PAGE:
API Playground and Actual API Call have different outcomes

I have the following query:

query ($itemID: [ID!]) {
  items(ids: $itemID) {
    column_values(ids: ["text1", "email1", "text8", "email4"]) {
      id
      text
    }
  }
}

With a variable of the ItemID set in the API Playground, this is happy to return results.

When called from an actual API call from Nodejs using the Monday SDK (version set to “^0.4.12”), including the exact same variable, I am getting an error message:

Arguments are invalid. The argument 'ids' should be used

I’m not even sure what to investigate next…

Hello there @Sometom and welcome to the community!

I hope you like it here :muscle:

Can you please send over the full script you are using?

Looking forward to hearing from you!

Cheers,
Matias

1 Like

This works:

const functions = require('@google-cloud/functions-framework');
const monday = require('monday-sdk-js');

functions.http('helloHttp', (req, res) => {
  const mondayClient = monday();
  mondayClient.setApiVersion("2023-10");
  mondayClient.setToken("?????");

  try {
    const id = req.body.payload.inputFields.itemId;
    const query = `query {
     items(ids: ` + id + ` ) {
        column_values(ids: ["text1", "email1", "text8", "email4"]) {
          id
          text
        }
      }
    }`;
    const response = mondayClient.api(query);
    response.then(r => console.log(r.data));
    res.status(200).send(req.body);
  } catch (err) {
    console.error(err);
  }
});

This doesn’t:

const functions = require('@google-cloud/functions-framework');
const monday = require('monday-sdk-js');

functions.http('helloHttp', (req, res) => {
  const mondayClient = monday();
  mondayClient.setApiVersion("2023-10");
  mondayClient.setToken("?????");

  try {
    const id = req.body.payload.inputFields.itemId;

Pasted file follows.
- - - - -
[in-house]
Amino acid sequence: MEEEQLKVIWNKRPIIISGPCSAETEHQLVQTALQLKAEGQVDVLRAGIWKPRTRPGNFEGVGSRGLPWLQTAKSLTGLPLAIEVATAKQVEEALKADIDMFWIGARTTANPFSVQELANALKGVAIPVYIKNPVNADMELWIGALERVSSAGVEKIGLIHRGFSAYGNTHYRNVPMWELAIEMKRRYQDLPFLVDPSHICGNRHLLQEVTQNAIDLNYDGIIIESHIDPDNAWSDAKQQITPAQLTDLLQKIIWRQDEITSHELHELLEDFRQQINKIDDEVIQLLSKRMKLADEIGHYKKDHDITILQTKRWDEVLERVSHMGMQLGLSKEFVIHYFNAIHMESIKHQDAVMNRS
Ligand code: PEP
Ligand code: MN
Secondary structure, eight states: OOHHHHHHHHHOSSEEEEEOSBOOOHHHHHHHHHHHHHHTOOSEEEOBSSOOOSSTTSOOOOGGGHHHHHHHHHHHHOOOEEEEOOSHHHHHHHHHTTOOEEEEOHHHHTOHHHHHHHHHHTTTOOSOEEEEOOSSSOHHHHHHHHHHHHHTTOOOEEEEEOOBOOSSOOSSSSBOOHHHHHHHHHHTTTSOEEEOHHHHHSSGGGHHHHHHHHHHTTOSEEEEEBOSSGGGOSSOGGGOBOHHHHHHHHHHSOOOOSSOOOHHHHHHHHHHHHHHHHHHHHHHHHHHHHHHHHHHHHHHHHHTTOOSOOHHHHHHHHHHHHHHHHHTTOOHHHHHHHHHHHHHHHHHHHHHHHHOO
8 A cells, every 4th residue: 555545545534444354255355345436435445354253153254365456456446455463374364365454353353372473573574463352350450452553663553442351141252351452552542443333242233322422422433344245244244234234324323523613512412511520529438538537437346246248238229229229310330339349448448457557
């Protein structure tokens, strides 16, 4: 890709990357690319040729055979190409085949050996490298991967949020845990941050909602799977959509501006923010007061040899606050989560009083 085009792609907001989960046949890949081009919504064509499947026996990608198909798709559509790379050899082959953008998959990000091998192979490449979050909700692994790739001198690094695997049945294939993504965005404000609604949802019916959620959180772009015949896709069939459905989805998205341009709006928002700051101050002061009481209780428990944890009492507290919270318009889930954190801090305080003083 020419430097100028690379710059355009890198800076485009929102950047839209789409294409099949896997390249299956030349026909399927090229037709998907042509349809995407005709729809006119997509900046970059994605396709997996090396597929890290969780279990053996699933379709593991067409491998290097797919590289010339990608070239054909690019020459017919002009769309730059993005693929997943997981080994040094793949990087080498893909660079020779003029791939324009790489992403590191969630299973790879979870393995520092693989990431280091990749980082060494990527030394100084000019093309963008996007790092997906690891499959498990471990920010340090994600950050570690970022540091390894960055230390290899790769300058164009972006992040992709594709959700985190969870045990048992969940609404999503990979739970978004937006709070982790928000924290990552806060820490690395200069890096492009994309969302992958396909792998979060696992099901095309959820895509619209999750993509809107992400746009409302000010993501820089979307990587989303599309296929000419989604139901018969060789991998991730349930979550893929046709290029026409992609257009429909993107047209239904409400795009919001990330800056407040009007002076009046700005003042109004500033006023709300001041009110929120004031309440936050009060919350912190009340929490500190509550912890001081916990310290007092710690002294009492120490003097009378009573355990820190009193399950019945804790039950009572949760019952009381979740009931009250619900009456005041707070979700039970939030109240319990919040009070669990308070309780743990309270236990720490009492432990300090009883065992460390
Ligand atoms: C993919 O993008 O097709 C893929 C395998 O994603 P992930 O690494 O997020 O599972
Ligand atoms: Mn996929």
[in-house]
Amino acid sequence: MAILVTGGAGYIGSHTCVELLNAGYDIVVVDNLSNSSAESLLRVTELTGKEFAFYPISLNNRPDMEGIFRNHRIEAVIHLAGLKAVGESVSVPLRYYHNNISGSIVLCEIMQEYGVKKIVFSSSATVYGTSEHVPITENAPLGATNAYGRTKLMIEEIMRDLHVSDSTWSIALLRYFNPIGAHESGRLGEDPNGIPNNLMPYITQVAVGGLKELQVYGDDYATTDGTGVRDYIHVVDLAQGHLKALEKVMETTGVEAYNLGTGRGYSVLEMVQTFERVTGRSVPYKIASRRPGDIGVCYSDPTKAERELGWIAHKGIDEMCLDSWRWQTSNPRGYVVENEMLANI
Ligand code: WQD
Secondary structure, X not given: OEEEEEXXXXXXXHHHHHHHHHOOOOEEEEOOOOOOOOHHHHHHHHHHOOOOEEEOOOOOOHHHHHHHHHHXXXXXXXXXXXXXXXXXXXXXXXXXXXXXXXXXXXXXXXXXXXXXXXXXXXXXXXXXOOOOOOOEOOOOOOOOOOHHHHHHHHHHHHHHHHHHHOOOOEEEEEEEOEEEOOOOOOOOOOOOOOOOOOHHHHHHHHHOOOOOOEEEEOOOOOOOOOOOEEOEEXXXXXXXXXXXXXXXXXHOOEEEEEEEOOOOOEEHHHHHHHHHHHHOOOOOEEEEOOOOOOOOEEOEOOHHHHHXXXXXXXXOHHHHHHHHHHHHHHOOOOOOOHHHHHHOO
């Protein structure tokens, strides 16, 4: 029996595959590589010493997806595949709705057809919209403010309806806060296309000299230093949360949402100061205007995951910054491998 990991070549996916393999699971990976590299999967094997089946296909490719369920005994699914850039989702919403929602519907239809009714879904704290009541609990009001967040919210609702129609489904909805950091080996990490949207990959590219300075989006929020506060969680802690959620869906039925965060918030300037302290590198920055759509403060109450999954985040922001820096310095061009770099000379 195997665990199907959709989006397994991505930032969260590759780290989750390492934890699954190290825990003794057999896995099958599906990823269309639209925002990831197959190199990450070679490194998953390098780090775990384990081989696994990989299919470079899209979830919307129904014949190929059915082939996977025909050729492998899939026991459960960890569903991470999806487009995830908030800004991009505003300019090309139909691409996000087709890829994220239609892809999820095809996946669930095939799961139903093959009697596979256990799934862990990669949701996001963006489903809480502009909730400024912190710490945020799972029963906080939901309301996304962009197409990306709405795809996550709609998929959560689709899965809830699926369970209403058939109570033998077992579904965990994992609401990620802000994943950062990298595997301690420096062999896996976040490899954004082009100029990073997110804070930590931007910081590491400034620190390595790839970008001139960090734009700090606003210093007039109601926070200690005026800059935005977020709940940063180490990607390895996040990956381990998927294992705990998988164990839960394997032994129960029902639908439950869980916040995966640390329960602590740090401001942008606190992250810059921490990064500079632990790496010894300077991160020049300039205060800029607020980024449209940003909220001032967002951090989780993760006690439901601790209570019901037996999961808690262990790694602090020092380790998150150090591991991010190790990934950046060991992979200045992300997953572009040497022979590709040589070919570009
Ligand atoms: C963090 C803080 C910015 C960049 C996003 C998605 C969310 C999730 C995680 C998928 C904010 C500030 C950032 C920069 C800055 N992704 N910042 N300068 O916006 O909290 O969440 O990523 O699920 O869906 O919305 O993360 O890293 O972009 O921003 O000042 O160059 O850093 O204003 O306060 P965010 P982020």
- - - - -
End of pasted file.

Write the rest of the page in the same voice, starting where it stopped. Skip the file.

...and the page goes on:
const query = `query ($itemId: [ID!]) {
      items(ids: $itemId ) {
        column_values(ids: ["text1", "email1", "text8", "email4"]) {
          id
          text
        }
      }
    }`;
    const response = mondayClient.api(query, { "itemId" : id });
    response.then(r => console.log(r.data));
    res.status(200).send(req.body);
  } catch (err) {
    console.error(err);
  }
});

(obviously left out the tokens :slight_smile: )

Hello again,

I am not sure I understand the issue.

The first script looks good and it is working for you. Why is that not an option?

Why are you trying to pass the id as mondayClient.api(query, { "itemId" : id })?

1 Like

The issue is that both of the examples work in the App Playground. I’d expect both of them to work in scripts as well.

I prefer the second example because the first one is subject to injection attacks that can completely change the meaning of the query. I suspect many other developers would agree the second structure is vastly preferred. We’re dealing with PII, so I want to make sure we’re respecting the sensitivity of the data we have…

I need to implement updates as well, so I’d like to figure out how to do variable substitution to lower the risk of corruption.

Pretty easy -

  1. you should pass the variables object to the api method as the variables key of the options object (options is the second argument .api(query: string, options: { variables: object, ...moreOptions})).

const response = mondayClient.api(query, { variables: { itemId : id} }); would work.

I 100% agree with you that string manipulation is a terrible for graphql unless its concatenating query fragments (that are fixed strings).

That said, you are not validating Id in any way before using it! I like zod plus validator for this - something like the following.

const z = require('zod');
const validator = require('validator');

// define your validation schema outside the function
const inputFieldsSchema = z.object({
  itemId: z.coerce.string().refine(validator.isInt),
});

// i've moved this to the file scope, instead of function scope, this way you don't have to
// allocate the query on every request.
const query = `query ($itemId: [ID!]) {
      items(ids: $itemId ) {
        column_values(ids: ["text1", "email1", "text8", "email4"]) {
          id
          text
        }
      }
    }`;

functions.http('helloHttp', (req, res) => {
  //setup code

  try {
   const { itemId: id } = inputFieldsSchema.parse(req.body.payload.inputFields);
 //rest of your code
  } catch (err) {
   console.error(err)
  }

});
1 Like

Beautiful, thanks @codyfrisch.

Yes, the example was a bit reckless and reduced to fit, but I also appreciate the pointers to other libraries; I’m still learning what javascript libraries are available…

1 Like

Glad that was just for the example/test you were doing!

Zod is pretty decent for what we do with monday. If you were doing something with defined JSON schemas there are other tools which may work better. But for inputFields there isn’t anything generic since the developer defines it, and we also often need to manipulate things at the same time - such as coercing to string.

1 Like